As a healthy person, you should know your risk of developing cardiovascular disease.
Your risk depends on many factors – some you can control and others you cannot.
By learning about your own risk, you can make better lifestyle choices to help prevent a heart attack, stroke, or coronary artery disease.
[sc name=”in articles”]
Having a family history of heart disease
Increases your own risk.
If you have a mother or sister who had heart disease before the age of 65 or a father or brother who had heart disease before the age of 55, you should learn your risk from an early age so you can take steps to prevent early-onset heart disease.
Talk to your doctor about your family history and make a plan to monitor your other risk factors.
Unlike family history, many conditions that raise your risk of cardiovascular disease can be improved.
Heart-healthy lifestyle choices are a good idea for all healthy people.
But if you have one or more of the ‘modifiable risk factors,’ take steps today to reduce your risk.
Modifiable Risk Factors
Do you smoke?
Smoking increases your risk of cardiovascular disease.
Are you overweight?
If you are overweight (BMI of 25 to 29.5) or obese (BMI of 30 or higher), take steps to lose weight and lower your risk of cardiovascular disease.
Also, a large waist circumference (greater than 35 inches for women and greater than 40 inches for men) is related to a higher risk of heart disease.
Eat a lower-calorie diet, add physical activity, and exercise to your daily routine.
Do you have high blood pressure?
If your systolic blood pressure (top number) is 120 or more or your diastolic blood pressure (lower number) is 80 or more, take steps to lower these numbers to a healthy range.
You can lose weight, modify your diet, and add exercise to try to reduce your blood pressure.
If these lifestyle changes do not improve your blood pressure, blood pressure-lowering medications can help.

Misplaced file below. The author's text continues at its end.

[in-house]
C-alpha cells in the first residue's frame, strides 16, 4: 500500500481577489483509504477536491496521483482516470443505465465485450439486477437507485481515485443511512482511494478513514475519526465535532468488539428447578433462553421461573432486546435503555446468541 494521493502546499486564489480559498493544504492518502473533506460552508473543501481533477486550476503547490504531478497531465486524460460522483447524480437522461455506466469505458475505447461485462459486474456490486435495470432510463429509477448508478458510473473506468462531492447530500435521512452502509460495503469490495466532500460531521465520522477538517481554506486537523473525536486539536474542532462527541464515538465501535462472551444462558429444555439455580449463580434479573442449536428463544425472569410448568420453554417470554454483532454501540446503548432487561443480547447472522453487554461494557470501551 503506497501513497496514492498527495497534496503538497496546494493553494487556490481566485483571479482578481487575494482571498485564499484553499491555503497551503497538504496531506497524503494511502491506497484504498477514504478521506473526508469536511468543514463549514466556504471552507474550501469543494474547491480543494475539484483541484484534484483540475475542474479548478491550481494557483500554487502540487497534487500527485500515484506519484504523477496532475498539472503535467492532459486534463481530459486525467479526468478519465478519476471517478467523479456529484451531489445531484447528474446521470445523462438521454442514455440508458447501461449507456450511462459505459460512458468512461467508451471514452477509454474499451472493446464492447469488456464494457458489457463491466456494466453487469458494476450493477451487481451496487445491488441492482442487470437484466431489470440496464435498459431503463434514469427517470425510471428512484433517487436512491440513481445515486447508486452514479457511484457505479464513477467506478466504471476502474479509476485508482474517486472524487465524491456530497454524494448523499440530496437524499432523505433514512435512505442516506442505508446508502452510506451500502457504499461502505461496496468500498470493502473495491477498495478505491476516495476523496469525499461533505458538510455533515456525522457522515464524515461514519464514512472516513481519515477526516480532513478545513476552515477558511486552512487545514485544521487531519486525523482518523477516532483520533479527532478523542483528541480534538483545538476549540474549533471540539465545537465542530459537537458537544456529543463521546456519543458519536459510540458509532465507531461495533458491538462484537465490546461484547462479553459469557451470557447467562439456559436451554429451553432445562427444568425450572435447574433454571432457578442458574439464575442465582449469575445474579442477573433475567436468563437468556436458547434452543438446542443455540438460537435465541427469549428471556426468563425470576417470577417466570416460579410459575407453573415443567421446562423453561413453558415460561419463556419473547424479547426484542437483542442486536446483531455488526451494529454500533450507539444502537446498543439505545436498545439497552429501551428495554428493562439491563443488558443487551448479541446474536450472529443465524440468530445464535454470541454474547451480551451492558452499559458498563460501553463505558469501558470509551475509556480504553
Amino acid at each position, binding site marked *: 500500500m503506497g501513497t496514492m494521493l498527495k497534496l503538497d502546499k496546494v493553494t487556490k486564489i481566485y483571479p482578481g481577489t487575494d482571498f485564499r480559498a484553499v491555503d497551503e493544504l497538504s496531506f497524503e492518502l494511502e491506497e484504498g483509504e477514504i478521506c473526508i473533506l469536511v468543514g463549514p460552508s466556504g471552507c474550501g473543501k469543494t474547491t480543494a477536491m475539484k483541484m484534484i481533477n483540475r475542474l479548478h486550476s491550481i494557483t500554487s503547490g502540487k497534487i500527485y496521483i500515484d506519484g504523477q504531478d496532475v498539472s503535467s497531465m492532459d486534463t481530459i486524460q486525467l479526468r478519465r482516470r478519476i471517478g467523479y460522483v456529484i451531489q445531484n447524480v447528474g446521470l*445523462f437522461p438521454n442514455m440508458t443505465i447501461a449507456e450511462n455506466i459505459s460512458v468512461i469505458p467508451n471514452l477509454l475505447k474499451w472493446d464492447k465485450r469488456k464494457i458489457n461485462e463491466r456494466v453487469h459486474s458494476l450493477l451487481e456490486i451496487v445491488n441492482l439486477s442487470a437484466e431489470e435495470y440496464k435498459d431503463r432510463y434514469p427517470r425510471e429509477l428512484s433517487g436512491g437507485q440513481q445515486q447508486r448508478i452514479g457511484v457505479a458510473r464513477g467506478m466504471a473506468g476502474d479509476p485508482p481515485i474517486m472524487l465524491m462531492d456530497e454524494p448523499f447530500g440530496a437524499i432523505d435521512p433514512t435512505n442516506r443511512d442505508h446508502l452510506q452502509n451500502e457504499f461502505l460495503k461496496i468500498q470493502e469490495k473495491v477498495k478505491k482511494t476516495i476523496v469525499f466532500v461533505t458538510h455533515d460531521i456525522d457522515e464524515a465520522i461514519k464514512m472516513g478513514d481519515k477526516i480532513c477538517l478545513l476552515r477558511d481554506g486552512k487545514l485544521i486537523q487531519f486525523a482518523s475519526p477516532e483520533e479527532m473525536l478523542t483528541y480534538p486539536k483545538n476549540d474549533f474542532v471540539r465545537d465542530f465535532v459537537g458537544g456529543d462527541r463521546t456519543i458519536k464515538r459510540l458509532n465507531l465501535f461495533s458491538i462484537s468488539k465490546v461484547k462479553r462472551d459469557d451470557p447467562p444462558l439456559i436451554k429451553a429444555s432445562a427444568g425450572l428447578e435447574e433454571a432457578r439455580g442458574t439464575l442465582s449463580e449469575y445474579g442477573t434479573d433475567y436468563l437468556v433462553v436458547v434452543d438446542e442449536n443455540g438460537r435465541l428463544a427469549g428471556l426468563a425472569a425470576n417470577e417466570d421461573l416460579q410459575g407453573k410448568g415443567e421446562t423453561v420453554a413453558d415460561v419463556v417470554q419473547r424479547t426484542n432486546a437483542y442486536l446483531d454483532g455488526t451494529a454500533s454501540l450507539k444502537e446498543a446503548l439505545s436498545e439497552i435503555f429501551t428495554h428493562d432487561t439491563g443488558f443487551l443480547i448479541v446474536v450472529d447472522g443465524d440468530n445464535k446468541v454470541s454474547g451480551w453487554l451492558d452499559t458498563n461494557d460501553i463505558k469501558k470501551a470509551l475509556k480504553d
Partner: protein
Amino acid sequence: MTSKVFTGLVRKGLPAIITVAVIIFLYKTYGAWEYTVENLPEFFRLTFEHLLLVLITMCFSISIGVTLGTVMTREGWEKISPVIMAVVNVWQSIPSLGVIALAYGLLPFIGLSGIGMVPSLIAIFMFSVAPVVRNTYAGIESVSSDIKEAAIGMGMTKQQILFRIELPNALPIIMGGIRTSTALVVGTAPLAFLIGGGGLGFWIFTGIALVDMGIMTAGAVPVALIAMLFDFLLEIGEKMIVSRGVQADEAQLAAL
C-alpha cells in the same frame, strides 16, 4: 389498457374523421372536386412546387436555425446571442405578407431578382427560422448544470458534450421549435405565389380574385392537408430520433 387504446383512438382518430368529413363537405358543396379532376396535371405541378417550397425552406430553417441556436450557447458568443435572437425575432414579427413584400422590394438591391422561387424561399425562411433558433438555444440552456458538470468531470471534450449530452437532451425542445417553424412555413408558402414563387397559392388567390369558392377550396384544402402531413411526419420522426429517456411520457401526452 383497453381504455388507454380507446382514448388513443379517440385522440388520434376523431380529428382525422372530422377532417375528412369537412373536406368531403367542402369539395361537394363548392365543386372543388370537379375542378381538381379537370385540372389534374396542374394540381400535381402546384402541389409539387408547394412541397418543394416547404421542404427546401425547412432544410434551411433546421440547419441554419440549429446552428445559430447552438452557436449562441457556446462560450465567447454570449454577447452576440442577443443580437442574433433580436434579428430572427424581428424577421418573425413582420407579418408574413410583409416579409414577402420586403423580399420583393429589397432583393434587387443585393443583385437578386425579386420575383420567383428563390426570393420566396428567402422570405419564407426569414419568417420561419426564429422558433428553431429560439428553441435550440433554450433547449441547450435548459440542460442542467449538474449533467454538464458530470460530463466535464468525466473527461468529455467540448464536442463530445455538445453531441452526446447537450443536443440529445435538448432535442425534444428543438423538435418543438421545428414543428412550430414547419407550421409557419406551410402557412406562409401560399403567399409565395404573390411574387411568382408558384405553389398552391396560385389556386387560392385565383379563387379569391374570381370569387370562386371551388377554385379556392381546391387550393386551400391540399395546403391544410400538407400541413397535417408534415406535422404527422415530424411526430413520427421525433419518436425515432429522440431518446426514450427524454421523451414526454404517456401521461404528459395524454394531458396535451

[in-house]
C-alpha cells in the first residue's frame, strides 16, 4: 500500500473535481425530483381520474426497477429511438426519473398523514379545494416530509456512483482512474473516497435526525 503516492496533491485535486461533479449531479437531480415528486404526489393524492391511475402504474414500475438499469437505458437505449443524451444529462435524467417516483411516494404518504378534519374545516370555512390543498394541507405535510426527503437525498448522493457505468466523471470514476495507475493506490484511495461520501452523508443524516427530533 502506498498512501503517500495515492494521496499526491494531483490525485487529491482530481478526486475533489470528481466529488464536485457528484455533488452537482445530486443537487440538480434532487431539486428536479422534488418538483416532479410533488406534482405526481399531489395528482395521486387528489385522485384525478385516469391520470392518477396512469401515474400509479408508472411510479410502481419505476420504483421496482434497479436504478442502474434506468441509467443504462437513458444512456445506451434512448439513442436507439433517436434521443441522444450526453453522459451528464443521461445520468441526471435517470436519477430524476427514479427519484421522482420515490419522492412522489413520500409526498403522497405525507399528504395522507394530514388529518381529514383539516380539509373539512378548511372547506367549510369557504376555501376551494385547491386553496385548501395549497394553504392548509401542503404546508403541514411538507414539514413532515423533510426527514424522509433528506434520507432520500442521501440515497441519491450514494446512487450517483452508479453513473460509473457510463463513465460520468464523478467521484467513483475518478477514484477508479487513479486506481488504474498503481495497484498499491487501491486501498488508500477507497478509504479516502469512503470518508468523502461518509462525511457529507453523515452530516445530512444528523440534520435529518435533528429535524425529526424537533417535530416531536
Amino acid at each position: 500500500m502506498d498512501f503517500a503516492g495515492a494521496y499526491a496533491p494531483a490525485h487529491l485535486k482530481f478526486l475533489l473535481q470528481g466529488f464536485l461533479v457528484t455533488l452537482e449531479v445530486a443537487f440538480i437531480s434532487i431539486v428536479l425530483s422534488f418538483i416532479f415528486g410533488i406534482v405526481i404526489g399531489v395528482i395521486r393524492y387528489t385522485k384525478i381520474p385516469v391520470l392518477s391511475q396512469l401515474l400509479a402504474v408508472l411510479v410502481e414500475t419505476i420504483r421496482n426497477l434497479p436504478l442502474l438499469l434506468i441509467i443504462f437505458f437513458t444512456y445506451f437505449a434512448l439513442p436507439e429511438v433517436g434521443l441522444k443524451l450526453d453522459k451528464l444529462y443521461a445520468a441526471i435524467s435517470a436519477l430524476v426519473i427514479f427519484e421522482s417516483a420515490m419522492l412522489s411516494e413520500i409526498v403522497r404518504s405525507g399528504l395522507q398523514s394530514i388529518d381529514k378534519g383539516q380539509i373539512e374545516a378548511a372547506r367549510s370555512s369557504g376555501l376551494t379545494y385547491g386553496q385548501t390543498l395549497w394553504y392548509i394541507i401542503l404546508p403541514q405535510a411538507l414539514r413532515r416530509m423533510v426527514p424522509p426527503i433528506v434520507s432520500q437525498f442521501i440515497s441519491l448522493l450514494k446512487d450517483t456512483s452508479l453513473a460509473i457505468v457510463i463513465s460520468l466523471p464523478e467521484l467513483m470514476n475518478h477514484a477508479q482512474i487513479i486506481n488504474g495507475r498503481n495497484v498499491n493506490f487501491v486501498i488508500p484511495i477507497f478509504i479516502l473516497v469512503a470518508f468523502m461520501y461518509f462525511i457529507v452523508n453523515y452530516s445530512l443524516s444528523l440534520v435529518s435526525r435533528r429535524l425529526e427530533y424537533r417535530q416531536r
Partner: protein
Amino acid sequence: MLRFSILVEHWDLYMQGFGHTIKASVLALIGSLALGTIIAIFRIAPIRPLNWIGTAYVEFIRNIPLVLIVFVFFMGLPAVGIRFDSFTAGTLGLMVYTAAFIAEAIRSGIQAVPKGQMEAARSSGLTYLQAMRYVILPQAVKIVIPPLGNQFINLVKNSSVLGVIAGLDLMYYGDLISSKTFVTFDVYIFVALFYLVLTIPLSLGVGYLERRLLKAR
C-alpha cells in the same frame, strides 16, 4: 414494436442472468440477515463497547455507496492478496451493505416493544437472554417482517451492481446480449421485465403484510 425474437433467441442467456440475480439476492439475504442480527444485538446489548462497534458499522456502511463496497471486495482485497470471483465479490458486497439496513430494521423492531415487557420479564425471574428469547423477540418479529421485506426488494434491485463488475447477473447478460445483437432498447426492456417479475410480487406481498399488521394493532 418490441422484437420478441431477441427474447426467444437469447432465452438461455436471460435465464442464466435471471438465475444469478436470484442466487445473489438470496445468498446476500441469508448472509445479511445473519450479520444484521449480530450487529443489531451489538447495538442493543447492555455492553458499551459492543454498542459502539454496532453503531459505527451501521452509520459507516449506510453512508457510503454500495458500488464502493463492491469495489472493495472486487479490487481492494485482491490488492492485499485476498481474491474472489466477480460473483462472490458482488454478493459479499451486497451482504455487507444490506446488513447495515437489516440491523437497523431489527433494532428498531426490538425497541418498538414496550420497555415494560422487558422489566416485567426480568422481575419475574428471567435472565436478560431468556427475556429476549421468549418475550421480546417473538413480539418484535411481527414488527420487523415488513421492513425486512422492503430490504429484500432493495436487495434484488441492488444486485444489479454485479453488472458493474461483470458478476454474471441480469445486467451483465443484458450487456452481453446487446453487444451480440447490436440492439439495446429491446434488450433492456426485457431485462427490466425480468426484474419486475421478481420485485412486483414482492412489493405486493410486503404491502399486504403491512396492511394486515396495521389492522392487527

Do you have high cholesterol?
Total cholesterol of 240 mg/dL or more and LDL cholesterol of 160 or greater is considered high cholesterol that increases risk.
Again, lifestyle changes such as maintaining a healthy weight, exercising, and quitting smoking can be effective at lowering your cholesterol.
Also, be sure to eat healthy fats, eat less saturated and trans fat, and add more fiber to your diet. Cholesterol-lowering medications, known as statins, also exist.
Do you have diabetes?
Most people with type II diabetes eventually die of heart disease.
Fasting blood sugar higher than 100 MD/dL can increase your risk.
High blood sugar that is not treated can last for years, damaging your vessels and tissues in the process.
Some signs that your blood sugar is too high are frequent hunger, frequent urination, and excessive thirst. You may also experience fatigue, weight loss, blurry vision, and irritability.
Do you have high triglycerides?
Triglycerides higher than 150 MD/dL can increase your risk. Exercise, a heart-healthy diet, not drinking alcohol, and a healthy weight are essential keys to lowering triglycerides in your blood.
Even if you are healthy today, you may have a high risk of developing heart disease.
Find out your heart disease risk by answering these questions.
The first step is knowing your risk. Then, you can learn how to make the right lifestyle choices to ensure maximum heart health.
[sc name=”in articles”]